Graves, a graduate of Emory and Henry’s Class of 2008, has lived in Abingdon, Virginia, for over a decade and considers himself a “Neo-Appalachian artist,” something he describes as “an inclusive label that speaks to the emerging art scene in this area.”
While he’s always been into art, one of Graves’ biggest breakthrough’s came earlier this year when his painting “Dr. Ford” was selected as part of the FL3TCH3R Exhibit at the Reece Museum on the campus of East Tennessee State University. The exhibit, which focuses on socially and politically engaged art, was curated by artist and activist Sue Coe and will be on display until Friday, Dec. 13.
Favorite color? Black and Red
Favorite restaurant in the area? Willow Tree
Coffee or tea? Coffee
Cats or dogs? “Corgis!”
Favorite book/movie? Book - Love is a Mixtape; Movie - check my website, richardgravesart.com.
How did you get into art, and what drives you to becoming a painter?
Art has been one of those things that has always interested me. I couldn't imagine a better way to understand myself and the world around me.
What was it like to get accepted as part of this year's FL3TCH3R Exhibit?
It was surreal. I have known the work of Sue Coe (who juried the exhibit) for years, as well as the prestige and excitement around the annual FL3TCH3R exhibit. It was my first time being presented in a museum alongside international artists. There was a little bit of imposter syndrome, but mostly very humbling to be a part of such a storied tradition in Johnson City. I am beyond grateful to the Dyer family, Reece Museum and everyone that has come together to make this happen.
Tell me about the Dr. Ford piece that was accepted. What made you want to paint it?
The Dr. Ford piece was largely a result of listening to the stories and reactions from that day. I work at a radio station, and on September 27, we decided to preempt programming to run the Senate Judiciary Committee hearing live. It was a busy day at the station and many students and volunteers were in and out of my office trying to digest what they were hearing. For a lot of people I talked with that day and in the weeks following, it seemed to highlight many social concerns in our society. I was able to see that moment from a variety of different perspectives by hearing a diverse array of reactions to it. It was one of those times where the national conversation felt particularly important and an opportunity to reflect upon what it meant for our culture.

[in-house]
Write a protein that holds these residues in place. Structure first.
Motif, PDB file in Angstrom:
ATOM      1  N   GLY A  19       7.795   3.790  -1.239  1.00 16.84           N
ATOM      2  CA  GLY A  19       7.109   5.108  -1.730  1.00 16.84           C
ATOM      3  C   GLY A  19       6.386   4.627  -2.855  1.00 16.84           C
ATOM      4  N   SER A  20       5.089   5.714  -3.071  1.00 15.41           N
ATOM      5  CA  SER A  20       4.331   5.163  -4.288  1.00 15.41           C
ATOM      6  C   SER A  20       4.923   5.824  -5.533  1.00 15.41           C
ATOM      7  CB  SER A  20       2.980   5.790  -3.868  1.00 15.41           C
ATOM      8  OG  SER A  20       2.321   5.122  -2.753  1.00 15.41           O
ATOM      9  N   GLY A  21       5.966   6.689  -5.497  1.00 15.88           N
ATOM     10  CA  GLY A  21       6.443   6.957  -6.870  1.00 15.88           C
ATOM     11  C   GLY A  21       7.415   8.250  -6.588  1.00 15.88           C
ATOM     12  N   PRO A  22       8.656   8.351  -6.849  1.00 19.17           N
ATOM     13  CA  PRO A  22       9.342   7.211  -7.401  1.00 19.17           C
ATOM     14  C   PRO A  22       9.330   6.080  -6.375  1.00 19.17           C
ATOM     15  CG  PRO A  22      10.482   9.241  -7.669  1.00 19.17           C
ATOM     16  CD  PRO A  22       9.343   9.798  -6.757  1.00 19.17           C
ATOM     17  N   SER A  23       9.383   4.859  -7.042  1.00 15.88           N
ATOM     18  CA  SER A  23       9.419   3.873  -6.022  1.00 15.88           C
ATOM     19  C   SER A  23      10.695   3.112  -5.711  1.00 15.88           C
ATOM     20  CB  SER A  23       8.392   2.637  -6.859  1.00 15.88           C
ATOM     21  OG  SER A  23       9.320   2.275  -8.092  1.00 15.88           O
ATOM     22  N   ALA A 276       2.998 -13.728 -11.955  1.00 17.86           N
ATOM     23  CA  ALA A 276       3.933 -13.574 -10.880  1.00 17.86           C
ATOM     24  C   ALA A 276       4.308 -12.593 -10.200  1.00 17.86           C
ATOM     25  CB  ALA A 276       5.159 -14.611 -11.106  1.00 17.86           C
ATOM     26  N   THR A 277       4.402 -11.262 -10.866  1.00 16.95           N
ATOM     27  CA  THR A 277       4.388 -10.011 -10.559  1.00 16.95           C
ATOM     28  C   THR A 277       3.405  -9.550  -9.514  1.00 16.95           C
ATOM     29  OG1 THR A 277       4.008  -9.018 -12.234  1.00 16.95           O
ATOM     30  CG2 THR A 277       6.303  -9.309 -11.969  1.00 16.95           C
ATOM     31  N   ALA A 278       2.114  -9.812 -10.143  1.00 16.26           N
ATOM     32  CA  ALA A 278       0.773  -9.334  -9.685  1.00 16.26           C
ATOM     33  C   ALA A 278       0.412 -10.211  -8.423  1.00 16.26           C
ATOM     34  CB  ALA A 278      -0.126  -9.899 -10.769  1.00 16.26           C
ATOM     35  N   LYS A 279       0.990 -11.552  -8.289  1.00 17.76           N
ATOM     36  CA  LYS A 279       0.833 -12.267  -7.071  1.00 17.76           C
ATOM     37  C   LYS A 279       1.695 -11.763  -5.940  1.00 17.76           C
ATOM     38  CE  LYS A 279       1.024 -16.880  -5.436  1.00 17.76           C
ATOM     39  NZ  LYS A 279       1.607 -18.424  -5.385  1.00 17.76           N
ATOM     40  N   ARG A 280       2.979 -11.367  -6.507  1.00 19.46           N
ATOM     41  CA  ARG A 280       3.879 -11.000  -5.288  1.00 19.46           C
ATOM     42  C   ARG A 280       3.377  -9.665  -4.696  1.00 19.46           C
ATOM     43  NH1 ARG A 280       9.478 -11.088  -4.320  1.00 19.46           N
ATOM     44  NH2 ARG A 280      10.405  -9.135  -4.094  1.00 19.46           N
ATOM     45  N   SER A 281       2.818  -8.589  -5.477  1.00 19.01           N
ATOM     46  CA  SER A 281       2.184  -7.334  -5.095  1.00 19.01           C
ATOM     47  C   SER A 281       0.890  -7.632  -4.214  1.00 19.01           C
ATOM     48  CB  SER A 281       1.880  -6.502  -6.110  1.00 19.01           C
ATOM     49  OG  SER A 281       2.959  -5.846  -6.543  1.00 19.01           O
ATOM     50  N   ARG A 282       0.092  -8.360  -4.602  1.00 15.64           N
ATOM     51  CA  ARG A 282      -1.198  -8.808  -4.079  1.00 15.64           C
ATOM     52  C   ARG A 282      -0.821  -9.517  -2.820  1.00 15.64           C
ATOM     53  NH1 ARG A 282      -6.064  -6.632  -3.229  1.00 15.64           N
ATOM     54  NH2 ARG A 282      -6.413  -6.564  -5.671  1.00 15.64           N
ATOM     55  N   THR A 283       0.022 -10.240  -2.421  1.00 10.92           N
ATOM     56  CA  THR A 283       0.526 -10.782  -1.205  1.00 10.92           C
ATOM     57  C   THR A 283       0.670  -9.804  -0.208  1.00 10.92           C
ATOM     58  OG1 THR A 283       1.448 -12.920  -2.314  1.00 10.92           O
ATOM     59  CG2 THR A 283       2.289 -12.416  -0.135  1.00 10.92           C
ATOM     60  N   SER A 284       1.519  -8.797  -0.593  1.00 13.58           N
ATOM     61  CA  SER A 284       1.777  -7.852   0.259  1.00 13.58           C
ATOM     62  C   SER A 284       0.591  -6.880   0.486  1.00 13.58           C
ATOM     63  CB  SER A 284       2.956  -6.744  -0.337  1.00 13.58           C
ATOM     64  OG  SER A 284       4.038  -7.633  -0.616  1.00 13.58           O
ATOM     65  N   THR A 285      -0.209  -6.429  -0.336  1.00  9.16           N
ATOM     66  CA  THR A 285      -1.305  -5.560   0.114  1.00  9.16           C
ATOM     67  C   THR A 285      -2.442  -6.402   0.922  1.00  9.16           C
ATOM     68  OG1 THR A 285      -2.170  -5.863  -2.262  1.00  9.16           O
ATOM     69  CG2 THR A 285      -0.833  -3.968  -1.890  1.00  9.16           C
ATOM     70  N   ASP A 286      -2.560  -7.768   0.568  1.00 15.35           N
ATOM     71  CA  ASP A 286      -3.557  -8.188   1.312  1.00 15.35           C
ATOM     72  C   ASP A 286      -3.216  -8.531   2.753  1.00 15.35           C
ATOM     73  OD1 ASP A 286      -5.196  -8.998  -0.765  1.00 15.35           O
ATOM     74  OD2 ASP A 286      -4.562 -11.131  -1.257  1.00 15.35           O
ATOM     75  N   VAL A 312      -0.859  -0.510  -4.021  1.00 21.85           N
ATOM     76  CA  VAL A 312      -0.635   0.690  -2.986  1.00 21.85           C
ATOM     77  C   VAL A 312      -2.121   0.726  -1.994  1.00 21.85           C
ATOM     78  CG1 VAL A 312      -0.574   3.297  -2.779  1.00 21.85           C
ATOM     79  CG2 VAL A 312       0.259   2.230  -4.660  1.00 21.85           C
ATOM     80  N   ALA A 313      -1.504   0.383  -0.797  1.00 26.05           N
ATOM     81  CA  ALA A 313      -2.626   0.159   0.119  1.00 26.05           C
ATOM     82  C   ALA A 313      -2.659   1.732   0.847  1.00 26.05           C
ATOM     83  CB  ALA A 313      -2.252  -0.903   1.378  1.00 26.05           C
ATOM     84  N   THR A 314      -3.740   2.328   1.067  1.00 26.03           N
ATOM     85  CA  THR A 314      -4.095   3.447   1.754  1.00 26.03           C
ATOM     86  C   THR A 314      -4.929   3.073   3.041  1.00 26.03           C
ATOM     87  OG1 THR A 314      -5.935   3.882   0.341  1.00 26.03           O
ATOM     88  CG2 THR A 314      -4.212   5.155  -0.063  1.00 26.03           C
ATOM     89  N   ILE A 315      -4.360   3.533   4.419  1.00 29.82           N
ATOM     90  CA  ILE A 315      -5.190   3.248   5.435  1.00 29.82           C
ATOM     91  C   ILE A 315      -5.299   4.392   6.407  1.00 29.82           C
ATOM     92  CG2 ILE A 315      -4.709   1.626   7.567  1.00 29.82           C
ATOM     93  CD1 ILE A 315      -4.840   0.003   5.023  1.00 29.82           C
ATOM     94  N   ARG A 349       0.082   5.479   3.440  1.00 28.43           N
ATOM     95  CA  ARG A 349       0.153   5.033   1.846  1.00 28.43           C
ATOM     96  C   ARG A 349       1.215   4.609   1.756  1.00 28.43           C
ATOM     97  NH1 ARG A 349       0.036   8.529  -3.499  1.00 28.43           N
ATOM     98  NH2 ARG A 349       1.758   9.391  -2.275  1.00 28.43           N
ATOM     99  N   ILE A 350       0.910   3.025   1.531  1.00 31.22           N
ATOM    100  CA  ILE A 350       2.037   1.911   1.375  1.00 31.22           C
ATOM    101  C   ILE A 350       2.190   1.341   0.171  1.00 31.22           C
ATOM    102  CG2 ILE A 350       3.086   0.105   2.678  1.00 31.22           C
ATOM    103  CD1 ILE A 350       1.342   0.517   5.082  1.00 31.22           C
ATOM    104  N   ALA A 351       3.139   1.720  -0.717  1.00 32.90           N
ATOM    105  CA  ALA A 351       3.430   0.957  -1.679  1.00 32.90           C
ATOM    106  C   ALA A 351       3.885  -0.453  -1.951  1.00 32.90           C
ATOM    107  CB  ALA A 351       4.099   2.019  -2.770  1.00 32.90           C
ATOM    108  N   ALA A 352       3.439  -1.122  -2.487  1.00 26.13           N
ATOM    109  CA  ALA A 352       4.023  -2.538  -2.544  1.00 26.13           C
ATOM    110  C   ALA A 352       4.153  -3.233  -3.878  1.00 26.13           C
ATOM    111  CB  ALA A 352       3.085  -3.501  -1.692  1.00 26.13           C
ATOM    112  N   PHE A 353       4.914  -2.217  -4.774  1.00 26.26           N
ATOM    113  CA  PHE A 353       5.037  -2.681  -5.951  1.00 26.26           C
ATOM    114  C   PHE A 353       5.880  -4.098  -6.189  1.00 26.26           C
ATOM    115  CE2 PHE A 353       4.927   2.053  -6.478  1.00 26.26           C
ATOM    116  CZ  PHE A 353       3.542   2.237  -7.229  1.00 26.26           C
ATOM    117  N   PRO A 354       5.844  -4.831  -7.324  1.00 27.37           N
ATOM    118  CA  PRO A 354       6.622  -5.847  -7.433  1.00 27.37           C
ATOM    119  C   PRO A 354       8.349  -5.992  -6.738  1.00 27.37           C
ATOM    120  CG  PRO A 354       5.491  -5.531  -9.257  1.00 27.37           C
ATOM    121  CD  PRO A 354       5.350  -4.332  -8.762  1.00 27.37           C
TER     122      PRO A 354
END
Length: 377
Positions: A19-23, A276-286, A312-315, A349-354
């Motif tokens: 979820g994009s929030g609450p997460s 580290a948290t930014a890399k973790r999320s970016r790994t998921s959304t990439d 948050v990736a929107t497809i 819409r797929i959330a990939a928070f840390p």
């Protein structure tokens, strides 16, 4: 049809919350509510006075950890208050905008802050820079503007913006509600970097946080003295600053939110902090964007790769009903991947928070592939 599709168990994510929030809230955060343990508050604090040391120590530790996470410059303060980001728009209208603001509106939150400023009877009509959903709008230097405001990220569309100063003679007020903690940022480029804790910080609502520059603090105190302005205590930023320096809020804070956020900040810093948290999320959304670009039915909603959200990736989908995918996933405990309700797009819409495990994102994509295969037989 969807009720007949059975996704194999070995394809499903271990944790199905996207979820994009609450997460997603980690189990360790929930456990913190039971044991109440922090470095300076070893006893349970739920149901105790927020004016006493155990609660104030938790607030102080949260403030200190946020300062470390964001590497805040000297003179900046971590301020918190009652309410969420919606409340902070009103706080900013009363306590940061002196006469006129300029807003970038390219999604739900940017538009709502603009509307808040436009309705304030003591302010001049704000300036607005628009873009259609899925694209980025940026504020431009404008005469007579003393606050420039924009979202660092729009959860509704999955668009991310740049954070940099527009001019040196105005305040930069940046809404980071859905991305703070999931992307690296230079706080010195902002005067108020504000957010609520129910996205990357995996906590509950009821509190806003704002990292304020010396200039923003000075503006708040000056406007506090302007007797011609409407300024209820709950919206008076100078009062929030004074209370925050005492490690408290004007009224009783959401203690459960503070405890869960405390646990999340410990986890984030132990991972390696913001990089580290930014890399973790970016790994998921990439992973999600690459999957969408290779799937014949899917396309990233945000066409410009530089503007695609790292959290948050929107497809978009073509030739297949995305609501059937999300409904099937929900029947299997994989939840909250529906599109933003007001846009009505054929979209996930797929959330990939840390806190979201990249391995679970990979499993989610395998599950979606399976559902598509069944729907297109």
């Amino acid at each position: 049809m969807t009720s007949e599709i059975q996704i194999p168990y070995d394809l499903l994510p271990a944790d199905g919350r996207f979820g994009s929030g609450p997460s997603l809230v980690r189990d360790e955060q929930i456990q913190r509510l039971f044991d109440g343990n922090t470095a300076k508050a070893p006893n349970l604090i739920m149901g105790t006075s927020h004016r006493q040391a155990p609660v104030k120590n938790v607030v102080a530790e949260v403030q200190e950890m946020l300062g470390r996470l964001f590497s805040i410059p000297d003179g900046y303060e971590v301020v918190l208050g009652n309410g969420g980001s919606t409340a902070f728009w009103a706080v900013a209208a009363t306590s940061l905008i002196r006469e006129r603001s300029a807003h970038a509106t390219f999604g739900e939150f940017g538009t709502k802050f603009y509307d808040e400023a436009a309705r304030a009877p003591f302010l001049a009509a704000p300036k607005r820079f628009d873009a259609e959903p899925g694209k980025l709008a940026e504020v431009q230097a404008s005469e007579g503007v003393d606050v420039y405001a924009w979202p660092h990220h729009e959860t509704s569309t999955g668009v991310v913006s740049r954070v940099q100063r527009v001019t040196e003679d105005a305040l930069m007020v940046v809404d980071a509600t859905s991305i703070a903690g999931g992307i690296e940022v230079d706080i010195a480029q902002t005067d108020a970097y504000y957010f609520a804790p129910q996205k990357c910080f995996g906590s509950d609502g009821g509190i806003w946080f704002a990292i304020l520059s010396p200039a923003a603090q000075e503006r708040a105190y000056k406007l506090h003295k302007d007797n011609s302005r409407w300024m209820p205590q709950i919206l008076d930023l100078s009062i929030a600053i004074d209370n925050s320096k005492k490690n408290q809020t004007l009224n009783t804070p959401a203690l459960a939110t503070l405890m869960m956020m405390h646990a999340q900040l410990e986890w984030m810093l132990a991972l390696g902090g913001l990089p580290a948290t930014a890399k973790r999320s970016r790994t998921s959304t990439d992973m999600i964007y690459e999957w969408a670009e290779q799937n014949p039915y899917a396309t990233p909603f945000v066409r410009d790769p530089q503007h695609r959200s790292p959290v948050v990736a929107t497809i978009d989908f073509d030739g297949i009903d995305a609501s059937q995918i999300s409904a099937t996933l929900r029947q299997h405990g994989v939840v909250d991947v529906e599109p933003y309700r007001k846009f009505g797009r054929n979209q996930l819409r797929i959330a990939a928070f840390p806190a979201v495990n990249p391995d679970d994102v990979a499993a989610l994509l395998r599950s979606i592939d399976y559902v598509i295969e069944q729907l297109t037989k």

Why is social commentary an important part of your artistic expression, or was the Dr. Ford painting an outlier for you?
Social commentary is important, and often present in my work. Sometimes it is more explicit than others. I feel like most artists feel a responsibility to not be ambivalent to the world around them and social commentary is just one way to use art as a lens to examine the world we live in with more empathy. I don’t see my work as “political” per se, but more concerned with the fundamental question of how people are treated in our society.
What's your favorite part about creating art?
My favorite part has to be seeing it make an impact on people. I always hope it resonates positively with everyone, but I would rather someone hate one of my pieces and remember it, than have it solicit no reaction at all. In those cases, I would hope that it would still contribute in some small way to their thoughtfulness, empathy or imagination. With most of my artwork, but the Dr. Ford piece especially, I feel like the reactions to it say more about the viewer than it does about me, and that is definitely one of my favorite dynamics.
Graves’ art can be purchased from his website www.richardgravesart.com, and his work can be found on Facebook (Richard Graves Art) and Instagram (@serpounce).
The Press is always looking to highlight new artists, if you have a suggestion for a Featured Artist, email Jonathan Roberts at firstname.lastname@example.org or message him on Facebook or Twitter, @RobertsJCPress.